I went back to the house to get some Banamine to give her and discovered that the bottle was nearly empty after treating Rubbie for colic a couple months ago. I called Carolyn, who brought down their bottle, and we gave Sprout a dose. I put her in the calving pen in front of the house where I could watch her closely all day from my window as I typed interviews and articles. After we moved her to the calving pen, Andrea and Carolyn helped me relocate the electric fence at the top of Rubbies old pen, to fence off the chokecherry tree (the frosted, wilted leaves can be toxic) and what might be left of the nightshade roots after we picked a bunch of those weeds in that area. None of the horses like to eat them but they are poisonous. We weren’t sure what Sprout (or Rubbie) might have eaten.

Carolyn went to town that afternoon to take her dog Fred to the vet clinic for her annual rabies shot, and got me another bottle of Banamine for future emergencies.

In the calving pen that day, Sprout remained dull and only picked at a little hay, and grazed some grass off and on. She still wasn’t her normal self, but she wasn’t as uncomfortable as when I found her sick that morning. Her heart rate was normal and there were gut sounds when we listened to her abdomen with a stethoscope, so at least her GI tract wasn’t shut down. She didn’t pass any manure, however, until mid-day, and then again in the evening just after I took her temperature. At least she was never again so uncomfortable and I didn’t have to give her any more Banamine. I kept her in that pen during the night, however, since we have a yard light on the end of the hay shed next to that pen, and I could see her out the window. That way I was able to monitor her during the night and make sure she didn’t get colicky again.

Lynn, Walter and Jodi got home at 7 p.m. that evening. The arthritis doctor was very thorough and gave Lynn a different prescription for his pain, and wanted more x-rays of Lynn’s hips.
The next morning Sprout was doing better and she had passed twice as much manure during the night as she had the whole day before. She was a lot perkier, so I moved her back to her pen next to Shiloh.

Sprout feeling better
She was still a bit picky about eating hay, and preferred to nibble some of the tall dead weeds in that pen. Perhaps some of those weed seeds may have been toxic. So Walter and I spent an hour pulling up all those old weeds (that Veggie and Rubbie hadn’t eaten—weeds that grew up in their pens while they spent the summer grazing along the ditch bank and some other pens that had grass). We had a full load of dead weeds on the flatbed feed truck by the time we got them all pulled and piled, and hauled them off to the dump. Andrea and Jodi finished processing the meat from the deer Andrea butchered.

By evening Sprout was eating hay better and feeling more like her old self again. We all had supper at Andrea’s house; she made a big batch of Lasagna. Emily came out, too, and her dad Jim (who was out of the hills briefly from his job as a hunting guide). Andrea sent some of the leftovers home with Emily, and took a photo of Em with Jodi and Walter before she left.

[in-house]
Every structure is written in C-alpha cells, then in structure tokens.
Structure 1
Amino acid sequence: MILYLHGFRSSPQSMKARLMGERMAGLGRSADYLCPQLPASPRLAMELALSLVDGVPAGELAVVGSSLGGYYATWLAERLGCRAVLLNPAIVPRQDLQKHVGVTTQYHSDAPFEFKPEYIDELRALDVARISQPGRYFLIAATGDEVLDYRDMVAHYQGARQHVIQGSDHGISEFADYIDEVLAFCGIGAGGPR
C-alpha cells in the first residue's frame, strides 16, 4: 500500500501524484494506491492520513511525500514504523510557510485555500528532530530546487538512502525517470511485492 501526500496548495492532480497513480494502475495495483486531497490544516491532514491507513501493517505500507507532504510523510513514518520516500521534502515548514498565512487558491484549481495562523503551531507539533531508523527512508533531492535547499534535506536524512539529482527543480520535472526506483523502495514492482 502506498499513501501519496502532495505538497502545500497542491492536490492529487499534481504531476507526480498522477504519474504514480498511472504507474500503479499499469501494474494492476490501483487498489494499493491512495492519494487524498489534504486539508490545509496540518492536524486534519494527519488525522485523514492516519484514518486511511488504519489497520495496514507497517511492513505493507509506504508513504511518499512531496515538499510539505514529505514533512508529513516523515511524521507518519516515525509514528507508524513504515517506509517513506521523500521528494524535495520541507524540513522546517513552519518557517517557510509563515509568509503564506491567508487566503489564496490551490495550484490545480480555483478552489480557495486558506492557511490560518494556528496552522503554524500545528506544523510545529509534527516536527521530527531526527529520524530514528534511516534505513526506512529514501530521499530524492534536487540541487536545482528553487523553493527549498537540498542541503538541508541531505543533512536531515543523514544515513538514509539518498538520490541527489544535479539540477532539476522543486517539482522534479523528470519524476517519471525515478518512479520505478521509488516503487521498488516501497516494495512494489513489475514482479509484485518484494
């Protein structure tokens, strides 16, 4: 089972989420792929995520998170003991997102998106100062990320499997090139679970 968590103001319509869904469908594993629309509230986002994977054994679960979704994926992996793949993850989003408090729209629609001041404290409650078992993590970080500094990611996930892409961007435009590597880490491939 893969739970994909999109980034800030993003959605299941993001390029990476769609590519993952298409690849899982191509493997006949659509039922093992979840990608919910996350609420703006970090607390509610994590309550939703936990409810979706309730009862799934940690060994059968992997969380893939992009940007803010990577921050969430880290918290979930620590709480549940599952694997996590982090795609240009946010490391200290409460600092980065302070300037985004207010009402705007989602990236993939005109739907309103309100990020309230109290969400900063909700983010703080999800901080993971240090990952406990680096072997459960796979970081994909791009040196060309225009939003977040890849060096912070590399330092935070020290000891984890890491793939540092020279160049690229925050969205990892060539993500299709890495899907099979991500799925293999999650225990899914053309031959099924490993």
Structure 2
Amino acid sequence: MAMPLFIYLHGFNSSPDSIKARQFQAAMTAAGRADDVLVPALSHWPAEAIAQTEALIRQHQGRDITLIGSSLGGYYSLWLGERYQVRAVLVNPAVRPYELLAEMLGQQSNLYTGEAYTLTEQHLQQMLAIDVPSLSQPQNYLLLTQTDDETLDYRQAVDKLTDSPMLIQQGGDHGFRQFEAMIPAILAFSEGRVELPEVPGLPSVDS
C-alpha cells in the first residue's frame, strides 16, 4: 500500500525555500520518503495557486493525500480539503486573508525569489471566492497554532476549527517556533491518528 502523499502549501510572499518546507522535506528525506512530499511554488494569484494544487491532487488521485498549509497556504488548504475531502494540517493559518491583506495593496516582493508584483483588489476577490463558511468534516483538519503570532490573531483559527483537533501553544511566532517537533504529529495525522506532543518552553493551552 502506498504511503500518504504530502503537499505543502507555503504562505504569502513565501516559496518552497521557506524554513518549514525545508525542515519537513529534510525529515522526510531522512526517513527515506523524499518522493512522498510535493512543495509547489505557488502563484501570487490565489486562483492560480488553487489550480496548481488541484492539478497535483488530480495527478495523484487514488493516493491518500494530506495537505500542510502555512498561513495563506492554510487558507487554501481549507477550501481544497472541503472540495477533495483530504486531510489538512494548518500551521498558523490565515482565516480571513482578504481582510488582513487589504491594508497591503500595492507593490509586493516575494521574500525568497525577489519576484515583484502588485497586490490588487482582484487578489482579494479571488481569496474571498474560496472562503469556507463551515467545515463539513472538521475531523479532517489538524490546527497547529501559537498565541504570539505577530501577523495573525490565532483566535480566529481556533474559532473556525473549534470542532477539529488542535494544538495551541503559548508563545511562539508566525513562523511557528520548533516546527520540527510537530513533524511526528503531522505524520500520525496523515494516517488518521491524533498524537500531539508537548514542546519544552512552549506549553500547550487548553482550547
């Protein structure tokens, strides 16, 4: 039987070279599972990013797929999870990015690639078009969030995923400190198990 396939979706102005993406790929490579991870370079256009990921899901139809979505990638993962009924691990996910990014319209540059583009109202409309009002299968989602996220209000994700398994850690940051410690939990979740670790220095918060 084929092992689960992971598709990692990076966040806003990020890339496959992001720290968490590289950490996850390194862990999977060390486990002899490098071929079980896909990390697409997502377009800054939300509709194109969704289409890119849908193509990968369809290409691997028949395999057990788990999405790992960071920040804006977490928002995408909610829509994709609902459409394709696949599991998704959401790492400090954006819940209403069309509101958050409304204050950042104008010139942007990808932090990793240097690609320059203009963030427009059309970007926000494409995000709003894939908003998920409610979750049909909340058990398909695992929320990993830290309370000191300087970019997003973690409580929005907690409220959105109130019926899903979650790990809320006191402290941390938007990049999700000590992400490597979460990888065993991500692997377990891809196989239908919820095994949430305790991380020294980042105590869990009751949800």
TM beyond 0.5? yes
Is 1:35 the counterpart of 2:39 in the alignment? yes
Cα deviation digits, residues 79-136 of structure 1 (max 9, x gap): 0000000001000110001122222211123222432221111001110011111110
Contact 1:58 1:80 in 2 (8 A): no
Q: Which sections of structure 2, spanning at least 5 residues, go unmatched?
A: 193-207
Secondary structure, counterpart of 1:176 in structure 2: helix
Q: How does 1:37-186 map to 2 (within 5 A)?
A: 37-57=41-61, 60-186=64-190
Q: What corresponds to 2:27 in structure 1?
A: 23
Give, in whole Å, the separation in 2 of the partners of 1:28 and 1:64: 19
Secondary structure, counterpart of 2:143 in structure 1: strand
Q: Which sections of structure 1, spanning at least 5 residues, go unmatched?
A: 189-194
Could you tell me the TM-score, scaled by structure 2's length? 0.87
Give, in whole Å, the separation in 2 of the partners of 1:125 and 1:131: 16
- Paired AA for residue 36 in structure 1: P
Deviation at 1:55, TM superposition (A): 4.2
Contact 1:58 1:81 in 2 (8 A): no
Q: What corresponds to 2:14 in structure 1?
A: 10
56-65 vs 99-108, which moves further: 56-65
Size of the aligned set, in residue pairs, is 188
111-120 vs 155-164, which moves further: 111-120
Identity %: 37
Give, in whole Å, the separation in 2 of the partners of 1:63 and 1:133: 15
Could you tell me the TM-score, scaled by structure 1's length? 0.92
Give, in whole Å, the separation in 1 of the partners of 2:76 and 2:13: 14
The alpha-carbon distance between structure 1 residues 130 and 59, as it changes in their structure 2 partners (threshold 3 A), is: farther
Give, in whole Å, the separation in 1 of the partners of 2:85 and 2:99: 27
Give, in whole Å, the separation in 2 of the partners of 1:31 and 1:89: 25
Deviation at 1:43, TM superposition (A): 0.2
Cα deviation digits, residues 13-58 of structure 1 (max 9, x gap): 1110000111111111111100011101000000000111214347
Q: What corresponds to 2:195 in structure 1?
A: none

Em with Jodi and Walter
I checked on Sprout again after we got home at 9 p.m. and even though she hadn’t quite finished her hay—and was just standing in the middle of her pen—her pulse and respiration were normal and she seemed ok. By Thursday we seemed fine.

That morning I lured the cows down from the field by heifer hill, and Lynn and I sorted off Buffalo Girl. She’s Emily’s old pet cow that we’ll need to butcher later this fall, rather than send to the sale—butchering her will be a kinder fate for a pet cow because she wouldn’t understand all the strangers prodding her around at a sale facility. We put her in the field below the lane with the heifers, and put the 6 young pregnant cows (that we’ll be selling) in the main corral where the brand inspector could look at them that afternoon.

Dani didn’t have school that day, due to parent-teacher conferences at the middle school, so she was able to ride with us to check cows on the 320. Jodi rode Breezy, Dani rode Ed, and Andrea rode Sprout, since it would be a very easy, leisurely ride and some gentle exercise might be just fine for Sprout. We adjusted the stirrups on Sam’s saddle to fit Jodie and started up the horse road (our trail below the main road) and Jodi realized that one of her stirrups had a problem. Andrea fixed it for her while I held Sprout.

fixing Jodi's stirrup
Even though going up the road was a longer route, it was easier on the horses than going up the steep ridge 2 miles to the 320. When we got up there, Andrea and Jodi rode up to the big round water trough (an easy climb) to check it and unplug the overflow while Dani and I made a fast loop up to the saddle and up the big ridge to check cows. A few of them were still using the Baker Creek side, so it’s good that we still have the gates open between the two pastures. We went clear up to the top salt ground.

Dani helping check cows on 320
Then we went back down the draw to the trough where Andrea and Jodi were waiting, and saw most of the cows. We came back down the road, and Sprout seemed fine after her mild exercise. Jodi enjoyed seeing all the critters on our upper place, including Michael and Carolyn’s horses in one of the pastures along the road. I took a photo of old Captain (the Paint) and Carolyn’s mare Thelma and yearling filly Peaches.

Michael & Carolyn's horses